Thursday, February 24, 2011

ATO clocks : A Fashionable Clockmaker

Léon Hatot is a pupil at the Ecole d'Horlogerie de Besancon and the Ecole des Beaux Art from 1895 till 1898. In 1905, he specializes his activity in the artistic engraving of clocks, jewellery, cases and mechanisms made from precious metals. He emploies twelve people in his workshop.
In 1911, he moves to Paris and becomes a member of the "Circle of Master Engravers" . He works with the leading jewelers of Paris, such as Boucheron, Cartier and Van Cleef & Arpels.
After the war, in 1919, he comes back to the production of luxury clocks and jewellery. He cooperates with Marius Lavet, a talented engineer who had already been a leading participator in the development of the Bulle clock. He acquires Bredillard, a leading manufacturer and supplier of watches, clocks, jewelry and other stylish accessories to the leading firms of Place Vendome. It is the start of the manufacture of the electric clock. In 1920, the trademark ATO appears.

A patent application is filed in 1923. Electric clocks were an immediate unprecedented success in the market place. ATO provides its movements to the renown glassmaker René Lalique. In return, Lalique designs and makes clocks that are proposed under the ATO mark (see an exemple in the ADCGL catalogue). Throughout this time, Léon Hatot maintained also a workshop for jewellery and highly decorated watch cases in Paris.
Leon Hatot did also sculptures and was rewarded with Grand Prize for this part of his artistic carreer in 1925 in the "Exposition des Arts Decoratifs de Paris" where Ruhlmann, Printz, Janniot, Legrain, Lalique, Brandt, Chareau, Follot, Groult, Dufrêne, Dunand, etc.. were amongst exhibitors. Since then, he has been so famous for his clocks that people forgot what a great art deco figure he was.
In 1928, the Hatot company's premises were transferred to a far more salubrious location at 12 Faubourg Saint Honoré which was soon frequented by a very particular clientele, rich and exacting, attracted by the range of high q.uality, highly decorated watches This new prosperity was, however, short-lived. In common with all luxury industries, they were direct casualties of the economic crisis which followed the Wall Street Crash of 1929.
At the Colonial Exhibition of 1931, Léon Hatot displayed electric clocks of very small proportions which were the origin of a new generation of decorative clocks. In particular, he created a new model, the concept and presentation of which were revolutionary, in which he dispensed with traditional decorated cases and made the movement itself the sole decorative element.
This paved the way for a whole new fashion which swept along most makers who adopted this "avant garde" using glass and chrome which blended perfectly with the furniture of the day. The ATO clockswere based on the same electromagnetic principle as the Bulle clock except that the solenoid is stationary and the simple permanent magnet serves as part of the pendulum mass.

1919 Léon Hatot acquires Bredillard, a leading manufacturer and supplier of watches, clocks, jewelry and other stylish accessories to the leading firms of Place Vendome. It is the start of the manufacture of the electric clock. Co-operation with Marius Lavet, a talented engineer who had already been a leading participator in the development of the Bulle clock.
1920 Start of the production of the electric clock with the name ATO. Because of his earlier artistic activities, Hatot was able to further develop the ATO clock and research the subject of electric clocks. Edouard Dietsch became the director of his firm.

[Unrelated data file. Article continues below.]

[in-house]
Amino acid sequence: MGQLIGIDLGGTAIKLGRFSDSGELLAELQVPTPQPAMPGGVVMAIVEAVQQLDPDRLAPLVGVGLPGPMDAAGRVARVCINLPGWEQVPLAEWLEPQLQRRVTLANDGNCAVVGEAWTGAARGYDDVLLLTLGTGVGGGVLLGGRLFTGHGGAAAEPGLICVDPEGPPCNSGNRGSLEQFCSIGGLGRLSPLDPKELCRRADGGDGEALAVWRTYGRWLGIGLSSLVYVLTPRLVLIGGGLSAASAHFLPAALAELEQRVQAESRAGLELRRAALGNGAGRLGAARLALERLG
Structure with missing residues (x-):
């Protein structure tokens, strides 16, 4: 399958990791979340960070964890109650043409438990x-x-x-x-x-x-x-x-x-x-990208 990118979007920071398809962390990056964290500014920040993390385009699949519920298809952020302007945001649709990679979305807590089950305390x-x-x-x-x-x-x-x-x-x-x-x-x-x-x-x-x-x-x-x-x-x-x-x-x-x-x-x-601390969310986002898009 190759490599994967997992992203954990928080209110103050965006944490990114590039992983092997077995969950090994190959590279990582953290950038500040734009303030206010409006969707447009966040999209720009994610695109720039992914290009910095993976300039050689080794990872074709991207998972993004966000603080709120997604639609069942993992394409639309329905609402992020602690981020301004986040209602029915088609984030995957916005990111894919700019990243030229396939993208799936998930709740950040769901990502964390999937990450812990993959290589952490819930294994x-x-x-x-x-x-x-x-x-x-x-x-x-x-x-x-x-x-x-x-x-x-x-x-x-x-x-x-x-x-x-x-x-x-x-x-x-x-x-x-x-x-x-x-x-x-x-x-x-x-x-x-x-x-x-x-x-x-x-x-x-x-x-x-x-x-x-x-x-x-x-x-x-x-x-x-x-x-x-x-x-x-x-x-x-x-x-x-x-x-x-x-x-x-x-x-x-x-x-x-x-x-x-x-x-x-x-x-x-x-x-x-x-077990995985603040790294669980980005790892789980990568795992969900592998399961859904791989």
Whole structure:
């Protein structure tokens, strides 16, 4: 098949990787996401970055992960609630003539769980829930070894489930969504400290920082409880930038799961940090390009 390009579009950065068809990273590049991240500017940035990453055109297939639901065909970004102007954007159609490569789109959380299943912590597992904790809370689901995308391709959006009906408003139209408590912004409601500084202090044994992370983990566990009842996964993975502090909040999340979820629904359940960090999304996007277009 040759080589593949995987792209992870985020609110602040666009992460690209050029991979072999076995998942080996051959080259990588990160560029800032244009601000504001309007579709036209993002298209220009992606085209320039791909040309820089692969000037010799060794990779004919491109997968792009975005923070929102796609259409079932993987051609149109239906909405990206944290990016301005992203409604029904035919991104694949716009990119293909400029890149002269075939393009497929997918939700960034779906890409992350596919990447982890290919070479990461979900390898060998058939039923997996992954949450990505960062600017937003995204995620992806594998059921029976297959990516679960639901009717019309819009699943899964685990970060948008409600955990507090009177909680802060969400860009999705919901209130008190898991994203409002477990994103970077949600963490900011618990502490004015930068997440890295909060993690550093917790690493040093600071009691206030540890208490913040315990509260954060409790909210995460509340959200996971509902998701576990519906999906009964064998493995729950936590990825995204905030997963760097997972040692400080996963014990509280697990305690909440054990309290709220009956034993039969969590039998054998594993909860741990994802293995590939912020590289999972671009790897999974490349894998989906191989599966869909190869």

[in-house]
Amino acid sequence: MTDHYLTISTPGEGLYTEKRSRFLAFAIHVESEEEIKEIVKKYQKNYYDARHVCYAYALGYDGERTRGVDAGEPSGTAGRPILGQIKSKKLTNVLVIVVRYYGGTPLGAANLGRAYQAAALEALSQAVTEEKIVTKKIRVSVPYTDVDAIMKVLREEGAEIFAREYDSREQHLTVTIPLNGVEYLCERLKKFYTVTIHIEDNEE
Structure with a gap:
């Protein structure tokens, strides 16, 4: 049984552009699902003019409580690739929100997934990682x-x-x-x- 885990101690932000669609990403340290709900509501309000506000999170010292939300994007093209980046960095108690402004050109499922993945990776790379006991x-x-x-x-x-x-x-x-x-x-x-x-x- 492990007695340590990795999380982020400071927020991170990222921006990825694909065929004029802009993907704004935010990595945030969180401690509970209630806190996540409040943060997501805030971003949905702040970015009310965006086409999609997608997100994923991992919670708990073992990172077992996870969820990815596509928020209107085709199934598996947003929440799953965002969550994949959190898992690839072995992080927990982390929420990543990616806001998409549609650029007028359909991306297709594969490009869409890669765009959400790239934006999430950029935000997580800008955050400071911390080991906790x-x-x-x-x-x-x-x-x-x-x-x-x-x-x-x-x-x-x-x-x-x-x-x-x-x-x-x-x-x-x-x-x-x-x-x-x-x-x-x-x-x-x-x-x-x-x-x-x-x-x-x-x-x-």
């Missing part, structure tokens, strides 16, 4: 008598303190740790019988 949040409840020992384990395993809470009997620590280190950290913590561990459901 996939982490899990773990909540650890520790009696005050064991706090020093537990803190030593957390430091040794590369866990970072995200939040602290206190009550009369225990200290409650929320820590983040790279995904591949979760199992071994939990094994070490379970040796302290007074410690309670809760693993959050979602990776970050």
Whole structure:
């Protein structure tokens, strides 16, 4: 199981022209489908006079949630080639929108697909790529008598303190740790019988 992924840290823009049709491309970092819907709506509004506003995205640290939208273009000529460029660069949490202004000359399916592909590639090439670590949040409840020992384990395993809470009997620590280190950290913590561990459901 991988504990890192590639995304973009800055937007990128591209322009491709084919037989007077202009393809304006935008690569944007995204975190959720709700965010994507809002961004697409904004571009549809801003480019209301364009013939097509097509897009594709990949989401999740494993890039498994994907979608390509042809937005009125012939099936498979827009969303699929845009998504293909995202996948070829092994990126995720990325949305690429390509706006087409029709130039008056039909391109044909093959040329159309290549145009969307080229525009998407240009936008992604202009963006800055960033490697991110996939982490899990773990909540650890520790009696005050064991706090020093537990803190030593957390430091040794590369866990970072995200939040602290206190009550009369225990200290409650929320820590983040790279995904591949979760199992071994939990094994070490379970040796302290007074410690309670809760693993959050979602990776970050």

The production of the "ATO Radiola" together with Marius Lavet. The principle of the radio-controlled clock was taken over by the firm of Junghans for their production of the DCF77 in 1980.1922 Marius Lavet became the director of des Etablissments Léon Hatot.
1923 On 26.09.1923, the Patent number 583331 was applied for in France for the ATO principle. There were 2 basic sizes of the ATO clocks produced. The ½ and ¼ second pendulum.
1924 ATO produced 4 different models
1925 In a special research department, a vast variety of the ATO clock were designed following plans from Leon Hatot.
1926 13 different models of the Ato clock were on offer.
1929 Now over 50 models of the Ato clock were on the market. Delivery to the French railway SNCF of the Ato ½ second pendulum clock, they were highly accepted because of their excellent performance. During the world wide economic slump, Hatot was forced to cooperate with Junghans in Schramberg. The Production and introduction of the first automatic clock called
“Rolls”. This patent was sold to Blancpainp
1928 - 1930 Built under the licence from ATO clocks by the Hamburg American Clock Company HAU. Junghans worked closely with HAU and other clock manufacturers in a so called interest group.
1930 Takeover of HAU by Junghans , leading to worldwide sales of the ATO clocks until about 1962.
1938 Takeover of the firm Paul Garnier.
1939 Closing of the jewellery branch of the firm. During the war the existing jewellery was stored in a Swiss bank. Not until 1989 were these pieces auctioned in a very remarkable auction and reached extremely high prices. Today these pieces are sought after and are only secretly handled by a few jewellers.
1940 Closureof the clock production due to the German occupation. Take over of the maintenance of SNCF clock systems.
1949 Lavet experiments with the deployment of transistor as replacement for the mechanical contact of the ATO clock.
1953 Lavet and Dietsch get the patent for the transistor controlled pendulum
clock with the name ATO.
1967 Takeover of the electrical clock branch of the firm of Lepaute. Decline in the production of the electrical pendulum clock because of the development of the quarz clock. (source Lothar Frerking).